Tony Romo Retires From Professional Football
Tony Romo announced early on April 4th, 2017, that he would officially retire from professional football. This announcement comes after injuries kept the veteran QB benched for most of the last two seasons. Romo played in only five games from 2015-2016.
In 2003, Antonio Romo became an undrafted QB who signed as a rookie free agent with the Dallas Cowboys. He spent two years in the background before taking over for Drew Bledsoe as the starter in the middle of the 2006 season. A four-time Pro Bowler, Romo has broken team records for most games with 300 passing yards (46), games with three or more touchdown passes (40), and is the Cowboys’ leading all-time passer with 34,183 career yards. He also holds the record for highest QB rating in the 4th quarter in the NFL.
After a 13-year career exclusively with the Dallas Cowboys, Tony Romo will now officially say goodbye to football. Romo will always be remembered as one of the greats in Dallas, breaking multiple records and leading his team to several playoff appearances, even though he never made it to a Super Bowl. He finishes his career with a 65.3 completion percentage and with the lowest interception percentage of any Dallas Cowboy QB (2.6%).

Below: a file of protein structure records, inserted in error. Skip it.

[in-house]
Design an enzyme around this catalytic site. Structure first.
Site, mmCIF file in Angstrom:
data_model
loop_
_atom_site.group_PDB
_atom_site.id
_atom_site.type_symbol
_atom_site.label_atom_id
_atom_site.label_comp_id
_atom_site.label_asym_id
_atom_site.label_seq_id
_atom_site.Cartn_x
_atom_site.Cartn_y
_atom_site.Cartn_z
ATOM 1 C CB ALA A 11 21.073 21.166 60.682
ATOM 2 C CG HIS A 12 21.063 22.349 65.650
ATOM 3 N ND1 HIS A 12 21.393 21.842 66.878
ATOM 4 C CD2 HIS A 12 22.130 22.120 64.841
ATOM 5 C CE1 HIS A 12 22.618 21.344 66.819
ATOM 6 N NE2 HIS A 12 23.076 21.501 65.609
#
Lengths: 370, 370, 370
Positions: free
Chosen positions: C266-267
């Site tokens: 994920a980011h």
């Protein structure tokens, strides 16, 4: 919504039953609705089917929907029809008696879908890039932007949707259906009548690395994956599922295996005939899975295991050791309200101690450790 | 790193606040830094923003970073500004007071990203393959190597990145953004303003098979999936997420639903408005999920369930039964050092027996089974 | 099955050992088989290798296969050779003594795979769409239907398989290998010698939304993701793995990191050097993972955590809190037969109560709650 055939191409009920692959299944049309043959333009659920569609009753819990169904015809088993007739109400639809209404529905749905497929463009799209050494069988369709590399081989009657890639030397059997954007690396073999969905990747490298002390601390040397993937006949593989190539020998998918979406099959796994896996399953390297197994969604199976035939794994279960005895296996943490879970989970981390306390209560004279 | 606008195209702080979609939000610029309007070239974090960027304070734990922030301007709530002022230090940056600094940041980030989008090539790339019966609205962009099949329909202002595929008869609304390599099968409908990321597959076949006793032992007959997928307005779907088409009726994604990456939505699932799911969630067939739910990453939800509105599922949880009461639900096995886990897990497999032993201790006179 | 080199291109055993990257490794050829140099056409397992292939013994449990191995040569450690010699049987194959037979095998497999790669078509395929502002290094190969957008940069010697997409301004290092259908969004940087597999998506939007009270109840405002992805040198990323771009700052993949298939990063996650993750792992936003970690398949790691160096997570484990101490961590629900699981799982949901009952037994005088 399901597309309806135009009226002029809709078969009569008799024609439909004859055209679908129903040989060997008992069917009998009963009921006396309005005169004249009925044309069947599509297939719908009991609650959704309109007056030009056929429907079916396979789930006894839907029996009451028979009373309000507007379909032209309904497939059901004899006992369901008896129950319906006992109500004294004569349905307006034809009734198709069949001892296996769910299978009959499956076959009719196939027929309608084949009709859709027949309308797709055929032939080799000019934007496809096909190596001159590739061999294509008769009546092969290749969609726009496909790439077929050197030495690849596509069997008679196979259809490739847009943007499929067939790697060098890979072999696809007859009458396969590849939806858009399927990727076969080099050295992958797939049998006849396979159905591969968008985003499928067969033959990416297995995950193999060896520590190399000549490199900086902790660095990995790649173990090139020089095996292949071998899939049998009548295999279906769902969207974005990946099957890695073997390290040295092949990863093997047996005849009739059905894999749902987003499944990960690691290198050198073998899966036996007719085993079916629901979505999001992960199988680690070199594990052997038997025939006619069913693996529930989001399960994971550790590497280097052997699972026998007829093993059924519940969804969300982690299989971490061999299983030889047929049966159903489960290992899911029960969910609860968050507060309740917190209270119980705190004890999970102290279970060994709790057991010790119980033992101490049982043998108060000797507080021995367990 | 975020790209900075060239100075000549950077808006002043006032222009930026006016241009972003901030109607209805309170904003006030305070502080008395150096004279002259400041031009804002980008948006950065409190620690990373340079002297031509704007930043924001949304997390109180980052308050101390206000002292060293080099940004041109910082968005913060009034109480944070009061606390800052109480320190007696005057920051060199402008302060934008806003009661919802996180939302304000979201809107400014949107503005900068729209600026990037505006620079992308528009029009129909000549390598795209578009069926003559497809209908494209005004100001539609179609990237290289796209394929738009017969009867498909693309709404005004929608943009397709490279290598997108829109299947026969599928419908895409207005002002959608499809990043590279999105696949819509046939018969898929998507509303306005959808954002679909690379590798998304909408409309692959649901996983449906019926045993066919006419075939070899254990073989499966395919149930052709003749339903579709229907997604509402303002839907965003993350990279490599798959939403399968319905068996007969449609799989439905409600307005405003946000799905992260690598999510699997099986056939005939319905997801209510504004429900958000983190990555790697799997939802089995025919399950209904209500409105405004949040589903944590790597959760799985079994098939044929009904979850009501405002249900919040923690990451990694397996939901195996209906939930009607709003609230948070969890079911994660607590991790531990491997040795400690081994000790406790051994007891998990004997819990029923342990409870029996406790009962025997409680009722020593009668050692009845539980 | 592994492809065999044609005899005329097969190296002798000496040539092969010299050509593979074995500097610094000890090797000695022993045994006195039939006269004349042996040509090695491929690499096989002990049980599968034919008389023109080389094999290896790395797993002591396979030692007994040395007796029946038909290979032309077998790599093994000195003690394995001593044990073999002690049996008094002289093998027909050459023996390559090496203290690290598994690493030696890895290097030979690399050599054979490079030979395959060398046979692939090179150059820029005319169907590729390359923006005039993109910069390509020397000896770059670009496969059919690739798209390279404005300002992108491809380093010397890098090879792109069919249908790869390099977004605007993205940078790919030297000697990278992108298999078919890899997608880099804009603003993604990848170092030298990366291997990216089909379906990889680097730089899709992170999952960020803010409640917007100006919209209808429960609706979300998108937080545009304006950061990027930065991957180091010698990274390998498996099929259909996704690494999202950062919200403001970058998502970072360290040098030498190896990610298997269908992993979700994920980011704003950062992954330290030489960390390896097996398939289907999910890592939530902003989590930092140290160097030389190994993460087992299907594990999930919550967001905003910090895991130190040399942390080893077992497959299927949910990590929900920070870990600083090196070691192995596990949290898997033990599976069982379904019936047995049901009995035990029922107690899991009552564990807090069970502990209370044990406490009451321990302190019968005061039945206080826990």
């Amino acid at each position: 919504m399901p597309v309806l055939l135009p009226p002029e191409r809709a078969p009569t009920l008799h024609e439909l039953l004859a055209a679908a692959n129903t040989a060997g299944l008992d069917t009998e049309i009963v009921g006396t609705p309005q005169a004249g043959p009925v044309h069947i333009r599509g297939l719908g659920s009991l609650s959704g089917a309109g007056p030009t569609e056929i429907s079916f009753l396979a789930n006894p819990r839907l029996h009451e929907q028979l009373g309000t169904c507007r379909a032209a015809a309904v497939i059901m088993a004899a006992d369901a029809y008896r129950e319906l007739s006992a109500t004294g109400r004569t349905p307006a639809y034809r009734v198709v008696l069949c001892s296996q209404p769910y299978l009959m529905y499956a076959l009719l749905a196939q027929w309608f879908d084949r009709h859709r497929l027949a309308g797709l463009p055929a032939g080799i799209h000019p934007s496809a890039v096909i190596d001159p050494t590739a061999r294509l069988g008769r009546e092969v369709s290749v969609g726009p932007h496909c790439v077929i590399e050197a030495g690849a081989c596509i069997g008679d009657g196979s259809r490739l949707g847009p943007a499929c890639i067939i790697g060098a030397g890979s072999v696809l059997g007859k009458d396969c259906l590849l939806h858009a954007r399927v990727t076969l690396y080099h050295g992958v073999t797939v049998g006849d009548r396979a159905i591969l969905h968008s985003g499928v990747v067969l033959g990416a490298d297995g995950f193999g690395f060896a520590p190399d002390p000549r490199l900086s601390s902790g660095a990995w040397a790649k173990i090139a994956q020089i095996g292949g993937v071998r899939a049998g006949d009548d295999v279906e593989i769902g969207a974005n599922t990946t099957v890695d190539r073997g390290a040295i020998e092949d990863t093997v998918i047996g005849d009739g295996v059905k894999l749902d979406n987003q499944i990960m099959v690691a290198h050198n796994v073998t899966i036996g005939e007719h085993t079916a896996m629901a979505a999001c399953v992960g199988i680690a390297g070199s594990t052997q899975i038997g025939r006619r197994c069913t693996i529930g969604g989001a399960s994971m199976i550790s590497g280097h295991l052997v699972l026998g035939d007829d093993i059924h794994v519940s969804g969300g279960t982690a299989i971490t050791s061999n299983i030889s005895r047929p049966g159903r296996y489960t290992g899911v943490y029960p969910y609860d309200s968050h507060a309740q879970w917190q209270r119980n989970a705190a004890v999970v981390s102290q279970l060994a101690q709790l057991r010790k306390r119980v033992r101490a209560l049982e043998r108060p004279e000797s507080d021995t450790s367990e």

His career ends on a slightly sour note, as his last few years in Dallas were unfortunately plagued by injury; collarbone and shoulder issues kept him from fully competing in 2015 while a preseason compression fracture kept him down in 2016. With so many major injuries accrued in so short a time frame, it’s no wonder that his health is the main reason that Romo is stepping down. “After consulting with those close to him, after examining his body and looking at where he is in his career, he decided to step away from football,” Ian Rapoport broke the news Tuesday morning on Good Morning Football.
Now, Tony Romo has decided to try his hand as a professional sportscaster. The 36-year old is expected to replace Phil Simms at CBS, according to multiple reports. Romo’s charming personality and easy rapport with CBS’ Jim Nantz make him an ideal candidate for the job. His ability to intelligently discuss the game and easy-going nature will pair well with the other experts at CBS Sports.
Will We Be Seeing Romo On The Field Again?
A couple of statements from the former QB have many experts believing that although he’s hung up his jersey, this “retirement” might not be permanent. In the November press conference where he handed control of the team over to Prescott, Romo also said “if you think for a second I don’t want to be out there, then you probably never felt the pure ecstasy of competing and winning. This hasn’t left me. In fact, it may burn now more than ever.” While we’ve come a long way from last November, Romo probably still hasn’t lost that drive to compete.
Even in his official parting statement to Cowboys owner Jerry Jones, Romo stated that his choice was to step away “for now.” Could this mean Romo wants to go back later? ESPN’s Adam Schefter was informed by one NFL Exec that “[he] is now every team's emergency backup QB in case your starter gets hurt, pay him to come out of 'retirement.'” So who knows, SportsBettingStates.com thinks we might just be seeing Romo suit up for another team sometime in the coming season.